That immersion may also contribute to Saviano overstating his thesis at various points, for instance when he declares that the story of Kiki Camarena, a DEA officer who infiltrated a Mexican cartel and was brutally murdered as a result, is "essential to understanding where our modern world begins, its birth pains, its principal path." A similarly overwrought and, with time, unbearable style of writing — a style never satisfied with stating a bad metaphor once ("Africa is white. The dark continent is buried under a blanket of white snow") — pervades ZeroZeroZero, which was translated from Italian by Virginia Jewiss. But Saviano never builds an argument to justify that sense of importance.
Reading ZeroZeroZero will undoubtedly convince you that the cocaine trade is expansive, enough that you could start seeing the drug wherever you look. But, as Saviano suggests, many of the social and political effects of trafficking could be extinguished through legalization. Because of that admission and others, the book never shakes the notion that cocaine might be superficial to our world, rather than essential to understanding its inner workings.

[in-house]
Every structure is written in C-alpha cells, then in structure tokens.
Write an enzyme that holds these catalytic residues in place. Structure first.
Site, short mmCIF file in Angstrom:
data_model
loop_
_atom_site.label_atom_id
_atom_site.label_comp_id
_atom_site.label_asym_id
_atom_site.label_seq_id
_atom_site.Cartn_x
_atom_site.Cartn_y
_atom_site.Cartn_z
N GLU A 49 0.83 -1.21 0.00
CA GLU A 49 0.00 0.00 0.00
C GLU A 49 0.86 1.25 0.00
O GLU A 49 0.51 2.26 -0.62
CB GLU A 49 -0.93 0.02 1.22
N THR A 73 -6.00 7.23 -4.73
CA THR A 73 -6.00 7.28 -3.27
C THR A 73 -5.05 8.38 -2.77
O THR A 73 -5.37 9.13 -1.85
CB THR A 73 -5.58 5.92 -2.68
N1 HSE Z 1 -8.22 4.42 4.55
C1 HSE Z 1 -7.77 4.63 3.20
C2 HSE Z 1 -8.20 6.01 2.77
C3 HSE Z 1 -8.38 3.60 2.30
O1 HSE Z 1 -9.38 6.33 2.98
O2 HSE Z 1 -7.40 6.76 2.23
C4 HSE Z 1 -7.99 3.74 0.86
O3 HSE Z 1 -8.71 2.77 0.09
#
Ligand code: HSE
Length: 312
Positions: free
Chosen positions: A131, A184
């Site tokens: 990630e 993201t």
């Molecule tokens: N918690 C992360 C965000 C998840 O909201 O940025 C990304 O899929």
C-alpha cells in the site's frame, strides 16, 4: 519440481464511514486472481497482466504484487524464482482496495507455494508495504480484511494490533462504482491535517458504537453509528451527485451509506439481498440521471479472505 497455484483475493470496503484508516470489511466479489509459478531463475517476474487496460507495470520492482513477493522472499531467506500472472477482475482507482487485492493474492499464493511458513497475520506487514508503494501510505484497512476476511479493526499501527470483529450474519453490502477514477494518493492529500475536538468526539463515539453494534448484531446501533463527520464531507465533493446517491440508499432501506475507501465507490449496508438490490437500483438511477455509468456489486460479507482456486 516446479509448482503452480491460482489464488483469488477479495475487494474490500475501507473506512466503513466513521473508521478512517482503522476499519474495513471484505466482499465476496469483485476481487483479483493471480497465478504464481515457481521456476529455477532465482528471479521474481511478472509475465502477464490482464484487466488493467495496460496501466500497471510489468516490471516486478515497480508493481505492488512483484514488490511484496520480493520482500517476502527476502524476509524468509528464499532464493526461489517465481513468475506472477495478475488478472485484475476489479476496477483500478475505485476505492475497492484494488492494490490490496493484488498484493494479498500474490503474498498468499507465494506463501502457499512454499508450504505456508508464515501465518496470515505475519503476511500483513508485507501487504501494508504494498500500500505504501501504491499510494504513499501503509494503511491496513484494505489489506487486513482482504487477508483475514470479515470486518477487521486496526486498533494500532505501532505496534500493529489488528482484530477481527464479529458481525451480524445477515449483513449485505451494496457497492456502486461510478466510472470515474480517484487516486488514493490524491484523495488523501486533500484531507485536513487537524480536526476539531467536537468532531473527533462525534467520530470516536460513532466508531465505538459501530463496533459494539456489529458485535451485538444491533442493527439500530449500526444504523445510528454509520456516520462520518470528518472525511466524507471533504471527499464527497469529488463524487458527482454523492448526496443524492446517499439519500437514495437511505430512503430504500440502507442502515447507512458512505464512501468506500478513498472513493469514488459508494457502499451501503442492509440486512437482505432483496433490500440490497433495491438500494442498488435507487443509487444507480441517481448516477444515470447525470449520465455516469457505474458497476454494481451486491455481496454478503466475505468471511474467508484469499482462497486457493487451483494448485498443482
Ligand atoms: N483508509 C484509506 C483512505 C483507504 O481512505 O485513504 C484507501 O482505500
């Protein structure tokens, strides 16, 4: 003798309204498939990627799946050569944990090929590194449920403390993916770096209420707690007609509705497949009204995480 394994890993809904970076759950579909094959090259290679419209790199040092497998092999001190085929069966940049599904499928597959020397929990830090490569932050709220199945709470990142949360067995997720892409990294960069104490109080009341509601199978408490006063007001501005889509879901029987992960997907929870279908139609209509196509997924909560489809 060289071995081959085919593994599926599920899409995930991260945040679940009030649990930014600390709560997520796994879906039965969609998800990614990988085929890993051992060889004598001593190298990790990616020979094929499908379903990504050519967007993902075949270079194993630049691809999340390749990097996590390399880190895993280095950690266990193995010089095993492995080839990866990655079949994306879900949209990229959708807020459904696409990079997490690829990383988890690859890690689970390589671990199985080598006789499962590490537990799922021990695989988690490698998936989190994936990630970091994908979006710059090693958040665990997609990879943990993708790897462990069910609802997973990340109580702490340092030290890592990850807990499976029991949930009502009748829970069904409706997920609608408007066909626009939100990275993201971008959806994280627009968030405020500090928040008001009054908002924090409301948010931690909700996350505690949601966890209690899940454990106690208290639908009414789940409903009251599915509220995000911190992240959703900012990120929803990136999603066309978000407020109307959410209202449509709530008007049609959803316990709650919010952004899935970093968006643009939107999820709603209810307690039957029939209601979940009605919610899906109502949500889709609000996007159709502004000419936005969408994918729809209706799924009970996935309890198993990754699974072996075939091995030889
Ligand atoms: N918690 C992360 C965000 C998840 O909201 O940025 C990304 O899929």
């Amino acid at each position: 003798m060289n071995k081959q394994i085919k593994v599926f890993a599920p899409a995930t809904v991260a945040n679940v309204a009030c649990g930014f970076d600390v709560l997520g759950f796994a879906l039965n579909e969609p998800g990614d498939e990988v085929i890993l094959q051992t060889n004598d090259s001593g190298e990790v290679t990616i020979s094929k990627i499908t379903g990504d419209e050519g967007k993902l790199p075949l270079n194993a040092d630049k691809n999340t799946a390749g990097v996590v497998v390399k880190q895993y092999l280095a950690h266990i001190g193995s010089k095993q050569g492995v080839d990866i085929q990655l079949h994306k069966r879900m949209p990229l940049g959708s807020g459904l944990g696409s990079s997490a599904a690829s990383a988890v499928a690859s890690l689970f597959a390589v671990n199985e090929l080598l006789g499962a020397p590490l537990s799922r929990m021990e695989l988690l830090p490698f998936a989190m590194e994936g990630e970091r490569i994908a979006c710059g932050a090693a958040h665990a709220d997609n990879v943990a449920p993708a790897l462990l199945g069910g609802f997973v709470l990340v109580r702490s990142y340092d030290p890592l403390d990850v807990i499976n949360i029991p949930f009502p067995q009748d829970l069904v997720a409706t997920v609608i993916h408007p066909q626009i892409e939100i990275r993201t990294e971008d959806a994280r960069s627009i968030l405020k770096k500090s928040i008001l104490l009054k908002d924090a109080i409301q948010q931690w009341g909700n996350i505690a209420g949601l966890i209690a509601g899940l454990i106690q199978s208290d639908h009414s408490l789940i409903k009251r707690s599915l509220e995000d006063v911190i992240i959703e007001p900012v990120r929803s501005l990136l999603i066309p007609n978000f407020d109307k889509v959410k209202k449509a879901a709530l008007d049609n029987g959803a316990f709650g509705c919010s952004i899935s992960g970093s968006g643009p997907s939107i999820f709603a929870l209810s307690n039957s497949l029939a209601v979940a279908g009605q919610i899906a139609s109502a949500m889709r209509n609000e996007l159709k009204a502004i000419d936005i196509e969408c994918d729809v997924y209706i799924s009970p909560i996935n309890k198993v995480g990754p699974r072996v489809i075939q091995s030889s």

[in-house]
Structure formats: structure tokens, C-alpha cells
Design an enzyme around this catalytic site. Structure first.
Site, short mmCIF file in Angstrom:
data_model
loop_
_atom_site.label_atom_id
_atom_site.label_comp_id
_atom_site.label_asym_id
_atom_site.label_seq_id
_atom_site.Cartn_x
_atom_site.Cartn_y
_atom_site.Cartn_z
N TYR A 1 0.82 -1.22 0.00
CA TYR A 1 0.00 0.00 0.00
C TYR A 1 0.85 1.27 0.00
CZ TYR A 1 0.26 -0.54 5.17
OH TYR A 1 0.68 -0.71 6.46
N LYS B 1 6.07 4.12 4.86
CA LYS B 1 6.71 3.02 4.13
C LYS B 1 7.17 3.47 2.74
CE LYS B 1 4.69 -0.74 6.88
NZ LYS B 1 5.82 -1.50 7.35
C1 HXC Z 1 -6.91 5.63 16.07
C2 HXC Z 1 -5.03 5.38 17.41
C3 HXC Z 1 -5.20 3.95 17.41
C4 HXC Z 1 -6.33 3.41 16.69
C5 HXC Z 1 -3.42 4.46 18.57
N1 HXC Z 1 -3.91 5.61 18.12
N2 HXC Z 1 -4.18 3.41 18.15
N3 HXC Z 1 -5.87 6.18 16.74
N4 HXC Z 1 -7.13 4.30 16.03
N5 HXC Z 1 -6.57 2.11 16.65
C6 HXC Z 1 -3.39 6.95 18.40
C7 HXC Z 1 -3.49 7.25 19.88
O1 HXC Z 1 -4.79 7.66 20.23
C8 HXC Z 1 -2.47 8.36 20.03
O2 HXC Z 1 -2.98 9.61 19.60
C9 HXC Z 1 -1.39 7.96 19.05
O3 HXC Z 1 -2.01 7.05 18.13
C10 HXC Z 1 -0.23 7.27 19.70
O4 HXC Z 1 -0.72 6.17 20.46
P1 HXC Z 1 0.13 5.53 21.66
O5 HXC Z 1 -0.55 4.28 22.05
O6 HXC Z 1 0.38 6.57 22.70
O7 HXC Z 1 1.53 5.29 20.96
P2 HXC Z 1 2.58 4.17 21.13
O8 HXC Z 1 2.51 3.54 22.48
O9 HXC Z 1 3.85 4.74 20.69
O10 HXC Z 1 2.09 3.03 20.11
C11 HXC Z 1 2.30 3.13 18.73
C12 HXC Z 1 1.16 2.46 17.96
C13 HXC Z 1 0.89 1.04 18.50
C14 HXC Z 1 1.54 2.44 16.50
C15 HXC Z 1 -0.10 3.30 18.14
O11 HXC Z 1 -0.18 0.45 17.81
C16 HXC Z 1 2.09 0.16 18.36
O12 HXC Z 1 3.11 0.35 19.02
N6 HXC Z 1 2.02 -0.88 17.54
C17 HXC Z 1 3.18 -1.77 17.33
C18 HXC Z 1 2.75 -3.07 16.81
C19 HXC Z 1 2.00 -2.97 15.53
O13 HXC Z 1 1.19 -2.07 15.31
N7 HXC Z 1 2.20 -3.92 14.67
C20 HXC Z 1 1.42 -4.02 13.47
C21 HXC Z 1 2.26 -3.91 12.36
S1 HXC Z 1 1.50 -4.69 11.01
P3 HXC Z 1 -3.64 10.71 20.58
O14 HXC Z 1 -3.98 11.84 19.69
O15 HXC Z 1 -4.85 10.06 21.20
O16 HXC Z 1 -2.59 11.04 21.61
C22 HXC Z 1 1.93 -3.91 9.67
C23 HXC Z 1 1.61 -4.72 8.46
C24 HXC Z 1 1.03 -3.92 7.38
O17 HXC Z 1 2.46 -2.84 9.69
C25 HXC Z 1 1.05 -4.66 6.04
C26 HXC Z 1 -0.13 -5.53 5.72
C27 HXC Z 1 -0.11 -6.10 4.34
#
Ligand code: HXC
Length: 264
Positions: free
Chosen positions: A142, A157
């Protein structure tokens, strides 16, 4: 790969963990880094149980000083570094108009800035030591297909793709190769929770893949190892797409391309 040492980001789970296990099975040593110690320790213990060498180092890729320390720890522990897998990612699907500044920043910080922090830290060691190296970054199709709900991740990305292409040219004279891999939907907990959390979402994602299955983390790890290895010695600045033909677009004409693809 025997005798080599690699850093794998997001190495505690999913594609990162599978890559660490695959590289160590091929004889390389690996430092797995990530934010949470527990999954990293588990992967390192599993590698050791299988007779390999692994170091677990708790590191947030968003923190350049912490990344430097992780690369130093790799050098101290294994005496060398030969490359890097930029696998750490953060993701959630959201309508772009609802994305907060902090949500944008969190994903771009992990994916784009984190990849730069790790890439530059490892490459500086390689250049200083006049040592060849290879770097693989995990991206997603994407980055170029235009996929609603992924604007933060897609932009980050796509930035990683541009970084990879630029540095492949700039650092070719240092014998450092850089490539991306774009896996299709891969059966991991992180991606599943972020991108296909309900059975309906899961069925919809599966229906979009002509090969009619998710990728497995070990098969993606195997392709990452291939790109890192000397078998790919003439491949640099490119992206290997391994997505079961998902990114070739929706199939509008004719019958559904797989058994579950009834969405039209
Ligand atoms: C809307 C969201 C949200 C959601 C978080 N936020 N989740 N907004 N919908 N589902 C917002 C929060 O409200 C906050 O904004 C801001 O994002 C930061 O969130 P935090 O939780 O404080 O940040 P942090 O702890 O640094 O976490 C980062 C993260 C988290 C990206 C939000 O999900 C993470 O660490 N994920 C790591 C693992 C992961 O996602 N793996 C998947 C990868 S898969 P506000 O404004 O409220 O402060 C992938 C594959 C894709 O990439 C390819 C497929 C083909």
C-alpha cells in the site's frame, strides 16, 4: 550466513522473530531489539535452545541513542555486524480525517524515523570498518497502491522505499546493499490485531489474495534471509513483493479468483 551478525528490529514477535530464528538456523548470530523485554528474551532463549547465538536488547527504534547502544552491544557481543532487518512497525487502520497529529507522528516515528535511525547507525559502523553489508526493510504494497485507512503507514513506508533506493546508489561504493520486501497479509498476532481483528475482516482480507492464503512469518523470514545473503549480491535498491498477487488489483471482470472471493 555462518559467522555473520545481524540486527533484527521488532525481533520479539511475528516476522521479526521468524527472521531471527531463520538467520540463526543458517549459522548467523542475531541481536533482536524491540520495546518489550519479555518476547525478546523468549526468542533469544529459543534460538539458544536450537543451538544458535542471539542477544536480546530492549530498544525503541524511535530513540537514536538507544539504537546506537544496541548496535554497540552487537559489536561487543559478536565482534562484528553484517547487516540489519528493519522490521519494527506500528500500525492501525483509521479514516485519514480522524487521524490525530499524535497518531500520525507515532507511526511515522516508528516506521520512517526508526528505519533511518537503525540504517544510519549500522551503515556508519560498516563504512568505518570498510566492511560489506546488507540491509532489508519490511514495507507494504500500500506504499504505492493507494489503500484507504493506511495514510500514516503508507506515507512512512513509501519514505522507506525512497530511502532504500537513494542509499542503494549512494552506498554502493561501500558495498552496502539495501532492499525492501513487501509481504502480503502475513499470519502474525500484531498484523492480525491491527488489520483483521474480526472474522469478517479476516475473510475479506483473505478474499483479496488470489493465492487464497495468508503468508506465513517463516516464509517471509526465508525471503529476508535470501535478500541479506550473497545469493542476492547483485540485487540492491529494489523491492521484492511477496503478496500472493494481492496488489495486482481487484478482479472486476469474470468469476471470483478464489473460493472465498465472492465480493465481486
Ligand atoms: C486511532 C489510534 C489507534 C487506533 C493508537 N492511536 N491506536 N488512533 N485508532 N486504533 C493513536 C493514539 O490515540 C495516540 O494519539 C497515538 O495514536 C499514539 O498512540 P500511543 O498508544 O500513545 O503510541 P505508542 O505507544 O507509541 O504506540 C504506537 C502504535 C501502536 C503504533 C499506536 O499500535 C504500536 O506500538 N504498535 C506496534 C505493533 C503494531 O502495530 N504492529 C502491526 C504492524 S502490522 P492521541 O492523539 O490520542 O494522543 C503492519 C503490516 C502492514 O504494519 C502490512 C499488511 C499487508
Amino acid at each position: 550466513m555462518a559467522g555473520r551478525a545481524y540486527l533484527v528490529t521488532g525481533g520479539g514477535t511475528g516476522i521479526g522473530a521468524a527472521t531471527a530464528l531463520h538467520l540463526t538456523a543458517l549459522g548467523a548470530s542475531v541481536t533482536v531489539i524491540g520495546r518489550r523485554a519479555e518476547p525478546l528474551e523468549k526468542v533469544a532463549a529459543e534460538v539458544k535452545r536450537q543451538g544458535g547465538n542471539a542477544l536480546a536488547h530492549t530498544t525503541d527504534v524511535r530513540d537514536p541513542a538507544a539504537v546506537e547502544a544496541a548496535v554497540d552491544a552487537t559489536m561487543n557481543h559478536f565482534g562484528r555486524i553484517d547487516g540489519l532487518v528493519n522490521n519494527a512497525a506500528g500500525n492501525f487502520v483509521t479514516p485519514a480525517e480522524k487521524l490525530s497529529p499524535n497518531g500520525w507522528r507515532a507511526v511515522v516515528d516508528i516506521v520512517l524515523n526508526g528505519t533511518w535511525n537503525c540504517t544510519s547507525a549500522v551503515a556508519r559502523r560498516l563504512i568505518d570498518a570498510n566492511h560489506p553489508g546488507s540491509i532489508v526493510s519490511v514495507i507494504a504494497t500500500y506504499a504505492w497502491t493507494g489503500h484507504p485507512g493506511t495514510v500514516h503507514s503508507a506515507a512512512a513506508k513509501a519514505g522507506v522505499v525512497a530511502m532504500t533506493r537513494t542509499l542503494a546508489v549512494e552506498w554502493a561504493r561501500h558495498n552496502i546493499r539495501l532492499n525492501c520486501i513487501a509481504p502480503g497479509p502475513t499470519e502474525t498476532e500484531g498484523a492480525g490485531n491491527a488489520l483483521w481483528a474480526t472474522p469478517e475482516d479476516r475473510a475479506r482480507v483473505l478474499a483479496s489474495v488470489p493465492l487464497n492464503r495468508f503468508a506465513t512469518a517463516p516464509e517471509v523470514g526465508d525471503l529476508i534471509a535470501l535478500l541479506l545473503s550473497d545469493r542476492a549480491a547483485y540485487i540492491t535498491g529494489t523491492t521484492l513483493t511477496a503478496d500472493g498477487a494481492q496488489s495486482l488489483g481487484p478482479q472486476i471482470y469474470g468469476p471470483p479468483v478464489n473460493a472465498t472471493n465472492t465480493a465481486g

Saviano’s focus in ZeroZeroZero is not so much on the experience as on the industry that enables it. He’s particularly keen to show links between the familiar well-known Colombian and Mexican cartels and more obscure criminal networks in Russia, Italy and Africa. The book is bursting with unsettling facts and lurid anecdotes, many of them gathered through an obsessive investigative method that Saviano describes as an addiction in itself. His descriptions of how urban users prompt a complex international relay of money and drugs have a feverish, cinematic flavour.